Acknowledging that the concepts we explore cross multiple spheres and Sustainable Development Goals (SDGs), our wide-reaching research is presented under the following six themes:
Fundamental urban change depends on the institutional and political setting through which the city is constituted as an economic, ecological and social system of systems. The capacity of a city to drive urban change relates both to the ability of the city to generate revenues to safeguard public interest, and the common good. Urban transformation has the potential to capture value through combinations of systems of regulation, land use, and economic formation. Governance and law plays a central role in ensuring the efficacy of systems of access to land, development control, property rights; the informal and formal sectors of the city alike.
While growing cities offer many opportunities for employment and access to better services, they also pose unique health risks and challenges, as we saw most starkly in the COVID-19 pandemic. The healthy city is a key theme in the achievement of the SDGs, particularly because of its crossing-cutting nature, and the importance of working beyond the health sector and including urban planning, housing, sanitation, environment, and transport to ensure no citizen is “left behind”.
Part of sustainable urbanisation is viewing migrants not as an economic burden, but also as an asset to the economy, as countries need foreign workers to meet labour shortages. This also involves facing up to the challenges of a rapidly increasing population of newcomers and particularly addressing their housing and transport needs. Promoting active sustainable and affordable transport among urban migrants is crucial to achieve goals for low carbon cities and to build sustainable urban environments. Thoughtful recent transportation planning has resulted in far lower levels of congestion, which can improve income generation by freeing up time.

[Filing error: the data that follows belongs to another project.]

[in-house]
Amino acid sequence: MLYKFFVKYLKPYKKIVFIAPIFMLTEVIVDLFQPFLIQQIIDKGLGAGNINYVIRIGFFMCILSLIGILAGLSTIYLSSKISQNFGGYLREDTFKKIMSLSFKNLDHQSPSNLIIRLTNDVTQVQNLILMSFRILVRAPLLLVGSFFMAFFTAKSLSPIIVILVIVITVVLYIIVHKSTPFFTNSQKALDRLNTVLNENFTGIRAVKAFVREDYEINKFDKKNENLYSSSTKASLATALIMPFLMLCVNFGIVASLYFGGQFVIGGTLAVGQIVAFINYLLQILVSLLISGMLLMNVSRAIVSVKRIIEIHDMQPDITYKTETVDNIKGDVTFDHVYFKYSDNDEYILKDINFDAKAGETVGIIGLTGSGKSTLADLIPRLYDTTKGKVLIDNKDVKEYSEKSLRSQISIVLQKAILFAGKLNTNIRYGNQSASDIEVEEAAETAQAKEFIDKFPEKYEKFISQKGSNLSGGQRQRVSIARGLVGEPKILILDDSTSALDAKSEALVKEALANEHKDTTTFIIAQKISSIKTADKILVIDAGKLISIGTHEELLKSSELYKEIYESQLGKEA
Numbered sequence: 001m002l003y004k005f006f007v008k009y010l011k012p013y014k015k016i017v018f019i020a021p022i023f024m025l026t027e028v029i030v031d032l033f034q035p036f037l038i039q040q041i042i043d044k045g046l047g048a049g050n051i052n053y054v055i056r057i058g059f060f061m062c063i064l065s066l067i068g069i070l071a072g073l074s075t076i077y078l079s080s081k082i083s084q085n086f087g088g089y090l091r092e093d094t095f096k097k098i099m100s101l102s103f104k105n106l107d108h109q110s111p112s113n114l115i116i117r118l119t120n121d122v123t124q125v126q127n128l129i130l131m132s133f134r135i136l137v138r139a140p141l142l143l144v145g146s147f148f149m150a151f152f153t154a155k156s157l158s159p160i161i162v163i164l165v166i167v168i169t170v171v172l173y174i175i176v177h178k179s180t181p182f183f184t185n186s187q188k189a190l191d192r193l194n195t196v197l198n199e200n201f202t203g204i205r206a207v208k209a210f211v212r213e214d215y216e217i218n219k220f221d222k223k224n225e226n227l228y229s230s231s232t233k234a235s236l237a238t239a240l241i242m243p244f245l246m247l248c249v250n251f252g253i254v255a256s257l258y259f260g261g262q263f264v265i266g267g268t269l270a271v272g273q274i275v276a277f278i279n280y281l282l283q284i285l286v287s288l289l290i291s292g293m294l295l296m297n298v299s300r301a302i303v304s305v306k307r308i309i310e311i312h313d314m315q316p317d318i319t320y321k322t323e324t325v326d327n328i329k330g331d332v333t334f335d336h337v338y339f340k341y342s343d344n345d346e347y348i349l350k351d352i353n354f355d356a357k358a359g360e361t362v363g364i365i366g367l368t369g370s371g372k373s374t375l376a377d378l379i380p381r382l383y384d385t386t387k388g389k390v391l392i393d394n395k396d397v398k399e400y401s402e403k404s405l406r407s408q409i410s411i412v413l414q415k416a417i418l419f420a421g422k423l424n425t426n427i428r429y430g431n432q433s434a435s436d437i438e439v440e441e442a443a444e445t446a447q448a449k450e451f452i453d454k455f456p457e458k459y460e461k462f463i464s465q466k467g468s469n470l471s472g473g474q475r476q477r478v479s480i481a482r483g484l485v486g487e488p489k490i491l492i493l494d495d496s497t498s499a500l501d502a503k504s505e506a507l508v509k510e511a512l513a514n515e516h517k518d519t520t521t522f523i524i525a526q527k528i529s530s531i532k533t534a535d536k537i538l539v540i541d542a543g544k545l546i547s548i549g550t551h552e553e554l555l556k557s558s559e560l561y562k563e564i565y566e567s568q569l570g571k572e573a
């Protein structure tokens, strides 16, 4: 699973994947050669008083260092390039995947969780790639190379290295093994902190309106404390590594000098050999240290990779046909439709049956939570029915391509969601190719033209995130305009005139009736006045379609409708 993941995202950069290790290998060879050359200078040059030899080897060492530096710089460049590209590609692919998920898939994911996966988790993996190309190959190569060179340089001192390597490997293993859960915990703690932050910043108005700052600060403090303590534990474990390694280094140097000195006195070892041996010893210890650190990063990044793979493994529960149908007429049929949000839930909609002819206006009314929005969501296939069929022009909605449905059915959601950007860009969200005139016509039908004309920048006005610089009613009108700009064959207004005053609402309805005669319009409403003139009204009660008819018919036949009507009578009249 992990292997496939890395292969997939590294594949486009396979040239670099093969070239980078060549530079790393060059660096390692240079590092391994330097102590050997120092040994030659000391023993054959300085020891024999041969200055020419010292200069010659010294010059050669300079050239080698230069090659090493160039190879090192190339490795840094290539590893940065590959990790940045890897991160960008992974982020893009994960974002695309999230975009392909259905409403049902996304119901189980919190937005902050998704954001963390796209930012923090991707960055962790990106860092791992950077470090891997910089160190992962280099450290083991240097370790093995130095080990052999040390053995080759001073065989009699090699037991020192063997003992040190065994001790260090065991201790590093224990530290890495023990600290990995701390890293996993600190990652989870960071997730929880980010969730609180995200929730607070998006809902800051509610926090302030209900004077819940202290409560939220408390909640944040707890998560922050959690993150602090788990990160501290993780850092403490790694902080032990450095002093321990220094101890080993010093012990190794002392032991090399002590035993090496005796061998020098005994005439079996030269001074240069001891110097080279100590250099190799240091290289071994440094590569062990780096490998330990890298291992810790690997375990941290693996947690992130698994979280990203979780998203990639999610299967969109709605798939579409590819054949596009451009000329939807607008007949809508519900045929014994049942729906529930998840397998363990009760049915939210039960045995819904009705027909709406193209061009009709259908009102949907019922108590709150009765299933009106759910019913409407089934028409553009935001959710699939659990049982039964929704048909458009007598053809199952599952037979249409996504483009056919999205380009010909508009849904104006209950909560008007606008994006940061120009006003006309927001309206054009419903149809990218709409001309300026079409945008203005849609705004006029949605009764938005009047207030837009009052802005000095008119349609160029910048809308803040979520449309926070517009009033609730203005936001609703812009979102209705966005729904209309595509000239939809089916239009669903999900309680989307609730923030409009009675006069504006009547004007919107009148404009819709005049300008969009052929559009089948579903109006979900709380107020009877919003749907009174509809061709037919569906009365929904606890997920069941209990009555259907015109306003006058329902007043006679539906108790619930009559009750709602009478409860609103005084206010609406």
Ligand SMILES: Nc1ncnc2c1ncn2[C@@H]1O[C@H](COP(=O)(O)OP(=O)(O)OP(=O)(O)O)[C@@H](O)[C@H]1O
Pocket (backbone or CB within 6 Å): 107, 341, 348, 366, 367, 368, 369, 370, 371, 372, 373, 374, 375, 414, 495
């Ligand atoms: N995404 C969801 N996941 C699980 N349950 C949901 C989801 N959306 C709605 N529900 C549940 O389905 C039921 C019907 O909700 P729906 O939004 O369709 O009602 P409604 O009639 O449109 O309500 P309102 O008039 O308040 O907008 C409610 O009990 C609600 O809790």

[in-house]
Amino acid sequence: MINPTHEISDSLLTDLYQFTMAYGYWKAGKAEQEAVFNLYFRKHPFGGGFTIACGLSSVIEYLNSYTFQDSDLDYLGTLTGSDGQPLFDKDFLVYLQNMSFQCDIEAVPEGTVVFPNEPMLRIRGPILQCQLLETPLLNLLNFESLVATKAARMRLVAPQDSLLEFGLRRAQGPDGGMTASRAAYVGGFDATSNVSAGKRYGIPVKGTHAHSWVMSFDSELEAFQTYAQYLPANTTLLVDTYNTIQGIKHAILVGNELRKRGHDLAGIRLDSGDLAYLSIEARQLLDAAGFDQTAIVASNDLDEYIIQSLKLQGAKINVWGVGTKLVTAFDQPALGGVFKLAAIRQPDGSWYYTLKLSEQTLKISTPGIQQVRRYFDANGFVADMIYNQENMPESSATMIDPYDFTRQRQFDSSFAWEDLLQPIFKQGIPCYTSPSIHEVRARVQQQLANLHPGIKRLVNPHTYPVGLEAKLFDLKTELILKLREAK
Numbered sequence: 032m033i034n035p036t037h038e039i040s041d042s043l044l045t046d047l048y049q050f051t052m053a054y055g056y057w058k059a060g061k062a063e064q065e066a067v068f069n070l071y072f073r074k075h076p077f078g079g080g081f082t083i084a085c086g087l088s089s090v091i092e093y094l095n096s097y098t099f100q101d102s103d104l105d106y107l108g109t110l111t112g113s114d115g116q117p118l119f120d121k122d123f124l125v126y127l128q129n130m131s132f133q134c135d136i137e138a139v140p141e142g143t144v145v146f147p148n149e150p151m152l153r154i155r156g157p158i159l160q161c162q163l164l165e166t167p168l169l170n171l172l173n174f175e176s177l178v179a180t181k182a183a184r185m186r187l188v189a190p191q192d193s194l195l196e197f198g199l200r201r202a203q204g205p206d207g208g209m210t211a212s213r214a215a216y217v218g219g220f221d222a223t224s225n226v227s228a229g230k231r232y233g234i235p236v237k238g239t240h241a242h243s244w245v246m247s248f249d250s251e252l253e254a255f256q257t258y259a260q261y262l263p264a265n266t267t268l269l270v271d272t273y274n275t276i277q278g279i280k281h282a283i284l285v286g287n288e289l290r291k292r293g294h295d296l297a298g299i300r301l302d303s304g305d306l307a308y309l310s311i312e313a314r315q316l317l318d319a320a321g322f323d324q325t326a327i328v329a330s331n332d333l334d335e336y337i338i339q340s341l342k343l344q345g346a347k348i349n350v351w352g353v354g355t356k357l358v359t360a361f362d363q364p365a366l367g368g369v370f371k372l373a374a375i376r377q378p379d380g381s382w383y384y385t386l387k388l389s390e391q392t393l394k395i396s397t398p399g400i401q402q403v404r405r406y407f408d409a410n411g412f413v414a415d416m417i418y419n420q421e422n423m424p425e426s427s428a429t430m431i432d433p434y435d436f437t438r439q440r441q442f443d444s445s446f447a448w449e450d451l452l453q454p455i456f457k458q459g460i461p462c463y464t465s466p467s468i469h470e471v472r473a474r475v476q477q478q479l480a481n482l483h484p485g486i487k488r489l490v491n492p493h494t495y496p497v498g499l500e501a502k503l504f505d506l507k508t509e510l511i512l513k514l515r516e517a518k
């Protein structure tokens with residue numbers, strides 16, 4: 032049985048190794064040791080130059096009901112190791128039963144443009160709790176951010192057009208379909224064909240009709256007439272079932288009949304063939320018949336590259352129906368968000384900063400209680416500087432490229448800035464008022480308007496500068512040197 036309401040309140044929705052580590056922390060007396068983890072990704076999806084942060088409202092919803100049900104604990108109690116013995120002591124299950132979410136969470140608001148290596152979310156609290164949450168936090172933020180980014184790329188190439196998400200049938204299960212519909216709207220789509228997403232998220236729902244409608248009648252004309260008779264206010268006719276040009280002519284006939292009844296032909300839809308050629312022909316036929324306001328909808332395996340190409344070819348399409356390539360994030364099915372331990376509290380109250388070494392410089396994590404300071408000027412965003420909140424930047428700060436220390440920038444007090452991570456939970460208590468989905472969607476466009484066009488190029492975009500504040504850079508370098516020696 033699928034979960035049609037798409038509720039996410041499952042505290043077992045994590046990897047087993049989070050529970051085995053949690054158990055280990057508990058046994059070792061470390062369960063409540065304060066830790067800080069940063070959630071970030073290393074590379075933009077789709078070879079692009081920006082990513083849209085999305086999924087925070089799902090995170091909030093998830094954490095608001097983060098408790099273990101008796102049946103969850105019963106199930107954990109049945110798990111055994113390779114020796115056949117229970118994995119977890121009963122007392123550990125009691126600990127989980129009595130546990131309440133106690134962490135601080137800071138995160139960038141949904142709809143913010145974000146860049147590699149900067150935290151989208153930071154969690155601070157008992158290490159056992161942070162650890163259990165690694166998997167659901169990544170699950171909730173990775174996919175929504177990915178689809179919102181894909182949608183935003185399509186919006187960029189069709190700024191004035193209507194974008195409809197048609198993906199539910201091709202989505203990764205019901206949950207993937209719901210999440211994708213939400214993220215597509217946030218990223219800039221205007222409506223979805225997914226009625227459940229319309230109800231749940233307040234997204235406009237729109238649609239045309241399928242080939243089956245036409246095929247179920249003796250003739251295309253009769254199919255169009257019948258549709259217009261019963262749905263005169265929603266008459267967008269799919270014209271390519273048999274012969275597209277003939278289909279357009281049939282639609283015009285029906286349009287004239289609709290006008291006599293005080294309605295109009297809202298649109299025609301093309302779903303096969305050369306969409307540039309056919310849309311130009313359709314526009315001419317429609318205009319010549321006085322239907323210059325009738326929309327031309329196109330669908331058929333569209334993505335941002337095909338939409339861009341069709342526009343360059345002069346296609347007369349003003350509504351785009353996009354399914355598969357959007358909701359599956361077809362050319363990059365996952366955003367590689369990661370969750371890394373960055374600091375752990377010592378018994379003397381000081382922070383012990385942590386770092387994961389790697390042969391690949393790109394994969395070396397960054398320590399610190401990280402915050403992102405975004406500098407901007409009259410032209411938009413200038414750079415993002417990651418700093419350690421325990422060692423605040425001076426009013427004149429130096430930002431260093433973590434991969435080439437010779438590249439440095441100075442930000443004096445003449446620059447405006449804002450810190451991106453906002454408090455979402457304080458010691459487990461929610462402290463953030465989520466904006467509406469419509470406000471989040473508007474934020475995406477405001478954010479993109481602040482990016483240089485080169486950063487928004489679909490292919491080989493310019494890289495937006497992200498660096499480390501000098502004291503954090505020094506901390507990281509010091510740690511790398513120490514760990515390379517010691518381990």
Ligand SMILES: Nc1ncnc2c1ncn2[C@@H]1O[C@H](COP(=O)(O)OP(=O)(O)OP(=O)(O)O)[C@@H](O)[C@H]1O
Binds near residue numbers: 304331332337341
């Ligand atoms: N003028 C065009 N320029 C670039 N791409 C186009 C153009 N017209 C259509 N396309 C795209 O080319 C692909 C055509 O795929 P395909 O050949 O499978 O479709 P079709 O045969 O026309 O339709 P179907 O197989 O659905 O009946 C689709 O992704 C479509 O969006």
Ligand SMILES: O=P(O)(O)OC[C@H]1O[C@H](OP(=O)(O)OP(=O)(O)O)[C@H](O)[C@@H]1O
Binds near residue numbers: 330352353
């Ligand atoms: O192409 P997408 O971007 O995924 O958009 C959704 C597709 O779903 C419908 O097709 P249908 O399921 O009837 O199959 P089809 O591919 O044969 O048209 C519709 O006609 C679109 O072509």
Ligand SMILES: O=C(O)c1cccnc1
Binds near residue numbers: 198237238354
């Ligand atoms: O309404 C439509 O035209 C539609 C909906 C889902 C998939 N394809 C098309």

By 2050, urban infrastructure across the globe must accommodate 2.5 billion new city dwellers. Rapid urbanisation has already led to huge growth in informal settlements lacking infrastructure, which makes it hard to achieve many of the sustainable development goals.
In order to meet the global goals of sustainable development, cities will have to fundamentally shift developmental trajectories, and realign priorities to seriously address infrastructure, water, energy, and transport. SDG 11 calls for “new, intelligent urban planning that creates safe, affordable and resilient cities with green and culturally inspiring living conditions.”
SDG 8 calls for “sustained, inclusive and sustainable economic growth, full and productive employment and decent work for all”. As the economic hubs of most countries, cities will play a key role in the achievement of this goal. Yet currently, cities across the world, both in the global south and north are facing deep economic, social, environmental and technological rifts leading to huge inequalities and poverty.
Understanding informal cities, and the millions of lives lived within them, is fundamental to meeting the SDGs. Yet the diverse and dynamic nature of informal cities creates a huge challenge for large-scale data collection and analysis.
More recently, several innovative solutions for efficient and scalable collection of environmental, behavioural and other data have been reported, but to extract meaningful information from them requires collaboration across several scientific disciplines, with the active engagement of non-academic stakeholders.